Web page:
This research demonstrates a widespread acceptance of chiropractic in Australia, though there are some hurdles to overcome. “There’s now national legislation covering chiropractic in Australia, which was formerly state-based,” says Dennis Richards, D.C., Davenport ’78, the president of the World Federation of Chiropractic and a practicing chiropractor in Tweed Heads, New South Wales. “The Chiropractic Board of Australia is one of 15 health profession registration boards that are part of our federal government’s Australian Health Practitioner Regulation Agency. This means chiropractic is now ranked on the same level as these other professions, legally at least.”

Recent successes aside, chiropractic in Australia, as in most other countries, has its detractors. “Recently chiropractic has been attacked by pro-medical groups, which have been able to generate biased coverage in the media, including on several TV programs,” Dr. Richards says. “The attacks are particularly related to efficacy, safety and chiropractic care of children. The Chiropractors Association of Australia has responded and it’s not clear whether these attacks hurt or help chiropractic. Some chiropractors report increased inflows of new patients after this 'bad' publicity.”

There also is continuing concern among Australian chiropractors that the principles of chiropractic philosophy are not well-taught at some Australian chiropractic educational institutions. “It’s important that Palmer alumni promote the passing down of this philosophy to students, so they understand who they are as chiropractors and what they exist for,” he says.

Palmer alumni have a long history of leadership roles in Australia at the state and national levels, as well as internationally. “Since 1998, there have only been two years when the presidency of the Chiropractors’ Association of Australia (CAA) has not been filled by Palmer graduates,” Dr. Richards says. “Dr. Laurence (Laurie) Tassel, Davenport ’85, served in that position between 1998 and 2002; Dr. Andrew Lawrence, Davenport ’80, between 2002 and 2005; I served between 2005 and 2009; and Dr. Tassel assumed the office again in 2011. Dr. Joe Ierano, Davenport ’97, is president of the New South Wales state branch of the CAA. I currently serve as president of the World Federation of Chiropractic and Dr. Tassel and I are both on the WFC Council.”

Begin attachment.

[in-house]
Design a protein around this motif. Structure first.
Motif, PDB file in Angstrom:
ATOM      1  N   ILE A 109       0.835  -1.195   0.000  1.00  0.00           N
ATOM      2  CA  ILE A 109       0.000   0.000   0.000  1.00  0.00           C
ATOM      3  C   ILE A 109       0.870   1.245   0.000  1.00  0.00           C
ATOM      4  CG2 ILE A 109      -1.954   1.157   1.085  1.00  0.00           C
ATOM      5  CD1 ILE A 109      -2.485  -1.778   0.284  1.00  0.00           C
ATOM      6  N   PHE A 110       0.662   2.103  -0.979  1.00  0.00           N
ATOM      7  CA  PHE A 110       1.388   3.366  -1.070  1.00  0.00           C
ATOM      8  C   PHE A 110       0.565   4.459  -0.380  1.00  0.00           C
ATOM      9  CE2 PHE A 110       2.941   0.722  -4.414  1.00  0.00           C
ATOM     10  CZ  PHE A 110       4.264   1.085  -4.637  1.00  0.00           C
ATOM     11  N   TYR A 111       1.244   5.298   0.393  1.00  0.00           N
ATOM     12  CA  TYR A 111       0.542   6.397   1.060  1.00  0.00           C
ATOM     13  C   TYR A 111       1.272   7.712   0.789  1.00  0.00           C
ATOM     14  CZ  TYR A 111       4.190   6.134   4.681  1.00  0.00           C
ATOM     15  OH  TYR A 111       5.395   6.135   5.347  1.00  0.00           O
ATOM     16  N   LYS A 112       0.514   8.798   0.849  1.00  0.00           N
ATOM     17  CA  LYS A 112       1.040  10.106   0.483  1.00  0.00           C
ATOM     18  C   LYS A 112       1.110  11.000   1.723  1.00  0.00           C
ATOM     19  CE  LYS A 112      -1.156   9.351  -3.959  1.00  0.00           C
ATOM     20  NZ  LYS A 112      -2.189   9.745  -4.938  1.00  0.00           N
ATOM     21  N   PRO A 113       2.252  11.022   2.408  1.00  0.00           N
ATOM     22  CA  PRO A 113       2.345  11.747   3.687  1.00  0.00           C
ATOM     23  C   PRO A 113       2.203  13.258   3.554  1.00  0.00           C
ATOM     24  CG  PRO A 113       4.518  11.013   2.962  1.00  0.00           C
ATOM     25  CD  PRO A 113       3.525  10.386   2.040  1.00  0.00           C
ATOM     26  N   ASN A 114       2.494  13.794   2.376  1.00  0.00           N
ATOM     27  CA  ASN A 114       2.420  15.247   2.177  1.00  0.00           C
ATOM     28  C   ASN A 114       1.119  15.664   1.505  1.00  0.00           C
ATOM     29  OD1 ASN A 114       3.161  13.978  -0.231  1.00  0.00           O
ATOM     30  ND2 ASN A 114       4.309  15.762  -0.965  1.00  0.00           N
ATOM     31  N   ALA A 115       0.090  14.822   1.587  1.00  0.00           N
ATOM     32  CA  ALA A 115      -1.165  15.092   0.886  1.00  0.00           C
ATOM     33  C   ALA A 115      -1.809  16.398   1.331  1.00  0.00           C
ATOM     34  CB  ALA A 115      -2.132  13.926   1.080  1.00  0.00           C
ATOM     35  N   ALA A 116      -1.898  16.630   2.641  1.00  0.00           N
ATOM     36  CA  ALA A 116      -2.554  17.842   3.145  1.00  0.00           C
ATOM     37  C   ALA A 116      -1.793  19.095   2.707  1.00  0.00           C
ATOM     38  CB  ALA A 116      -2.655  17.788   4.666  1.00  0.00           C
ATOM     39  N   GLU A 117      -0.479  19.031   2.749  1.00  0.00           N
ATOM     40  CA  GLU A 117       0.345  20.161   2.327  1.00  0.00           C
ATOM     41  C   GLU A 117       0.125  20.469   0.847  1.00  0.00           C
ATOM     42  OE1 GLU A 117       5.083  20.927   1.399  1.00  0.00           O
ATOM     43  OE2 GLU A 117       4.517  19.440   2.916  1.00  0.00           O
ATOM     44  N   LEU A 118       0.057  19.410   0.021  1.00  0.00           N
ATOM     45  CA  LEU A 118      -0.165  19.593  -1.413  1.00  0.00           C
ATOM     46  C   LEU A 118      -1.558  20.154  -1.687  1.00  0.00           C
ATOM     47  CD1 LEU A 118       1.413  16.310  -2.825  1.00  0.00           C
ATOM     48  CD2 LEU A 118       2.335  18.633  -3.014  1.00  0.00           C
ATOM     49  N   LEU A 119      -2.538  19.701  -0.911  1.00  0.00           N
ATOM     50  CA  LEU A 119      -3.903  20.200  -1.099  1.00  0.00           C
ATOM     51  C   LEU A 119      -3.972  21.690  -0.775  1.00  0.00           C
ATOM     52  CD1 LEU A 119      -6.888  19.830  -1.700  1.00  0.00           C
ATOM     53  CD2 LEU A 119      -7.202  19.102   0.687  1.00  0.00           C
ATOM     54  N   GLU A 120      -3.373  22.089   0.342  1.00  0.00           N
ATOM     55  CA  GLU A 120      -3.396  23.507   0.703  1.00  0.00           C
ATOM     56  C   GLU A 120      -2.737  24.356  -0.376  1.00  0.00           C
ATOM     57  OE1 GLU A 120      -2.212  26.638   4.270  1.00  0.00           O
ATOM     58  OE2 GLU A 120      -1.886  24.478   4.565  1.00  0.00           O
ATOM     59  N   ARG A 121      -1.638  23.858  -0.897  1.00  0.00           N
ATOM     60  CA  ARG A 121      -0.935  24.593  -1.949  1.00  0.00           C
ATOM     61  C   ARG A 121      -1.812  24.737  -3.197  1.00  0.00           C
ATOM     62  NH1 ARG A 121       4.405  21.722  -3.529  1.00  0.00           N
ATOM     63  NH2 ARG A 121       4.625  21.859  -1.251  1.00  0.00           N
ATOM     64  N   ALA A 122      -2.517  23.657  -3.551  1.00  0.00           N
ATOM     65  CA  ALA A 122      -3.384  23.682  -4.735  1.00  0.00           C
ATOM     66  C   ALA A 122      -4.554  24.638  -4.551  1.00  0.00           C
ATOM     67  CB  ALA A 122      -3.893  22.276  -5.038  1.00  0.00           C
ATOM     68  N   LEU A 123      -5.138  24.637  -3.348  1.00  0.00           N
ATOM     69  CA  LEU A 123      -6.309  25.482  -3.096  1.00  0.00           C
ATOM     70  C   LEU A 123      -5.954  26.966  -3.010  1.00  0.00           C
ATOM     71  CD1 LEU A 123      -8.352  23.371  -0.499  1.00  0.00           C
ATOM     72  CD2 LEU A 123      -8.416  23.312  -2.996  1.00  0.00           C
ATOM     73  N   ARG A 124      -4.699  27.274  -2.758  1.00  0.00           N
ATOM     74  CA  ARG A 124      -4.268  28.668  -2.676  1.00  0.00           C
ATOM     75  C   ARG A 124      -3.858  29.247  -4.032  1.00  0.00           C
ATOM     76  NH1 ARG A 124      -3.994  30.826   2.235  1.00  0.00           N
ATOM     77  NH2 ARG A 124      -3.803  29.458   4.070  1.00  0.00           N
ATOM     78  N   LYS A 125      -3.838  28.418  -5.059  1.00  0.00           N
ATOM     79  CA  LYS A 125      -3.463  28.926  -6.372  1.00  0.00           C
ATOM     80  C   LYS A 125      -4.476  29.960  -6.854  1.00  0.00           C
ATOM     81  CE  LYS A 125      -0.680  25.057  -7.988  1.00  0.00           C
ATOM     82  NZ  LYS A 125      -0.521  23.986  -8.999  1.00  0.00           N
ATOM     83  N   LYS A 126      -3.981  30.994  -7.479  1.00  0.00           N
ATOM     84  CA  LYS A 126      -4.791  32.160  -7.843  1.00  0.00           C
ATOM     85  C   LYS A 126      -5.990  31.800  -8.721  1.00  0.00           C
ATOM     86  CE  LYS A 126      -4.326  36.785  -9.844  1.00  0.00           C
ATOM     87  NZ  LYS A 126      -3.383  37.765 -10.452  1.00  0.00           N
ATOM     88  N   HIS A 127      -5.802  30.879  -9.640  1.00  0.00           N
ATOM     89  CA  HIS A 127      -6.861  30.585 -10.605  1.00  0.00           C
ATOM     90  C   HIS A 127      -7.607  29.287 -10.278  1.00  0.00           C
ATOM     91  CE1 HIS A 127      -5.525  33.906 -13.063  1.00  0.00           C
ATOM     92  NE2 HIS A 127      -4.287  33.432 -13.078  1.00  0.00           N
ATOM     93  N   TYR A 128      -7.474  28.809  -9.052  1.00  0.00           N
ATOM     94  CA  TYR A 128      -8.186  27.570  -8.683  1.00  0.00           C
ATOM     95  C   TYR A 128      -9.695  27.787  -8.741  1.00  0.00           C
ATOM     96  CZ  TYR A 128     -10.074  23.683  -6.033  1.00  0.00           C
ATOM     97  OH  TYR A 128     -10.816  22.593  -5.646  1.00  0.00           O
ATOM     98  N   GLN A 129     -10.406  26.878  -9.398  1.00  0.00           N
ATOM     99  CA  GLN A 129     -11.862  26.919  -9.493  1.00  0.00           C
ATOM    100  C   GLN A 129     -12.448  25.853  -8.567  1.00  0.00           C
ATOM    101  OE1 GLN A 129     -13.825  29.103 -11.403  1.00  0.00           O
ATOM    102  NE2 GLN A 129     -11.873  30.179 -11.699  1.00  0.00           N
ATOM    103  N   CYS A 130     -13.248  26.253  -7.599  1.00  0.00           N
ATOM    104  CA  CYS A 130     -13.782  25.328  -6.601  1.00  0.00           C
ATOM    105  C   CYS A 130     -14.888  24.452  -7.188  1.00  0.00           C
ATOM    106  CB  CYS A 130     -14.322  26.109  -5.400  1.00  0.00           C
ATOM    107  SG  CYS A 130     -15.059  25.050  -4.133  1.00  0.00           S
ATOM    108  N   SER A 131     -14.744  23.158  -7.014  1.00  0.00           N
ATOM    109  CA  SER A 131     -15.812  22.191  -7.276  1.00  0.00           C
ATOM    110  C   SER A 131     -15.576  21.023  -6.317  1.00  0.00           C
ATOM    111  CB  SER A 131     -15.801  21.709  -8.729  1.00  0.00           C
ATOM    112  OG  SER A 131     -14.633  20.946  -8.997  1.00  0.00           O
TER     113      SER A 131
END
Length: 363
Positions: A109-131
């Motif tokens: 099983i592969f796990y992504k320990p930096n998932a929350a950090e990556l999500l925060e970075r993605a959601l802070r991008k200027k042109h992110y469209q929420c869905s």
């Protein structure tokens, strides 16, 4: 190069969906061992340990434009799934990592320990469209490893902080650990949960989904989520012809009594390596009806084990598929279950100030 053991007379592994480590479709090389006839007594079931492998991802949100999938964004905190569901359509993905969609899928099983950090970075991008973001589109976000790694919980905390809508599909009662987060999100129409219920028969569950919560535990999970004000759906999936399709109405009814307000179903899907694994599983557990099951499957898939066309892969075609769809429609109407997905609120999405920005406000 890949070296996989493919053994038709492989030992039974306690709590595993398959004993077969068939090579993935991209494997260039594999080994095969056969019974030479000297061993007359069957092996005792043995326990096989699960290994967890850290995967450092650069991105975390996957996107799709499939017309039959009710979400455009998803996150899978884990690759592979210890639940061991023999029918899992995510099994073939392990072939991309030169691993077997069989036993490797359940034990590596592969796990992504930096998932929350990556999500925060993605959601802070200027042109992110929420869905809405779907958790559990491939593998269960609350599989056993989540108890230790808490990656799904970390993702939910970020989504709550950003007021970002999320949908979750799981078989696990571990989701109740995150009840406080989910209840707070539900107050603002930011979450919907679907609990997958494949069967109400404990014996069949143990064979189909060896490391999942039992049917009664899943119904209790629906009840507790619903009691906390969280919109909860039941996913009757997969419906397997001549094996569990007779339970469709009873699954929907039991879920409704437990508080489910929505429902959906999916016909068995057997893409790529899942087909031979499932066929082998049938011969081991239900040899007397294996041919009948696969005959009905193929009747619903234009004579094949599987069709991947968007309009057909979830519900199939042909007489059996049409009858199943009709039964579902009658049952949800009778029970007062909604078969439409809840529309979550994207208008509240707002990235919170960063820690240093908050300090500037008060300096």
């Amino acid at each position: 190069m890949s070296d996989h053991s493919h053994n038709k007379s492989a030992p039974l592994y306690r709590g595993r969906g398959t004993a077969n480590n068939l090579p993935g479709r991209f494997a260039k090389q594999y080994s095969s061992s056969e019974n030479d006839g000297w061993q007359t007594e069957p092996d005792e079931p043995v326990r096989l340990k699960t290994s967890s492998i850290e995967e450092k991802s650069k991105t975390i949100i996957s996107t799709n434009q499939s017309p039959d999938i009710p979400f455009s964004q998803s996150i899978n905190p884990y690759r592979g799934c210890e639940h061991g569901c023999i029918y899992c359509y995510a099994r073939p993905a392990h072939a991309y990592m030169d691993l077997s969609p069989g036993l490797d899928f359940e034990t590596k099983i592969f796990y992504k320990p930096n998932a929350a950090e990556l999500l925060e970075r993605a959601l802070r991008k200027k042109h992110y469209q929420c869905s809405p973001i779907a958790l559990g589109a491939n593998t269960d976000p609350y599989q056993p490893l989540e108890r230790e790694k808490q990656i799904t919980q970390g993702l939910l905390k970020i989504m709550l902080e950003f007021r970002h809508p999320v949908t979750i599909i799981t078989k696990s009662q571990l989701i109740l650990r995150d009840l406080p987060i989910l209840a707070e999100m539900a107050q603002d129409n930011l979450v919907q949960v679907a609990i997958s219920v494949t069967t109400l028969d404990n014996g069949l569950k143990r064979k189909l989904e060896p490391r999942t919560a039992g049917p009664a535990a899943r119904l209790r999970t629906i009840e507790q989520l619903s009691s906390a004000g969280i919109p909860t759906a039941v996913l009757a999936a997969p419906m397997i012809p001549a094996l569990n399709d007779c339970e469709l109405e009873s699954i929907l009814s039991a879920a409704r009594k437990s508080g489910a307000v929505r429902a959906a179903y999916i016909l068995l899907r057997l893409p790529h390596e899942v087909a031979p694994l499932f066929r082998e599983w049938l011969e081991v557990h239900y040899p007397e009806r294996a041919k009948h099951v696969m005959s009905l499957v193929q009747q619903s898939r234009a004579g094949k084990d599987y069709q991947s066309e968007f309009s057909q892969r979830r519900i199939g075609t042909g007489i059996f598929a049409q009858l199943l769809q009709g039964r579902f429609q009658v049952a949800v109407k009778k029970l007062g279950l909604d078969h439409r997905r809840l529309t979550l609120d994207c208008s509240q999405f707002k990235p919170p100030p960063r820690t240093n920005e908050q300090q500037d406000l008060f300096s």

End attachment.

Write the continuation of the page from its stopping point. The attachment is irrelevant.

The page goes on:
With all of this progress, what remains to be done to advance chiropractic in Australia? “From my perspective, the task and my goals are always the same,” Dr. Richards says. “The lives of the people of the world will be better if they have access to quality chiropractic care. Chiropractic’s safe, gentle, effective and natural approach truly promotes health. We should be playing a leading role in simplifying and spreading the understanding that health mainly comes by living healthy lifestyles. D.D. Palmer described chiropractic as a philosophy, science and art. We need to be the best we can be at each of these, and to pass on that understanding, knowledge and skill to the next generation.”

Enormous potential in Eastern Mediterranean and Middle East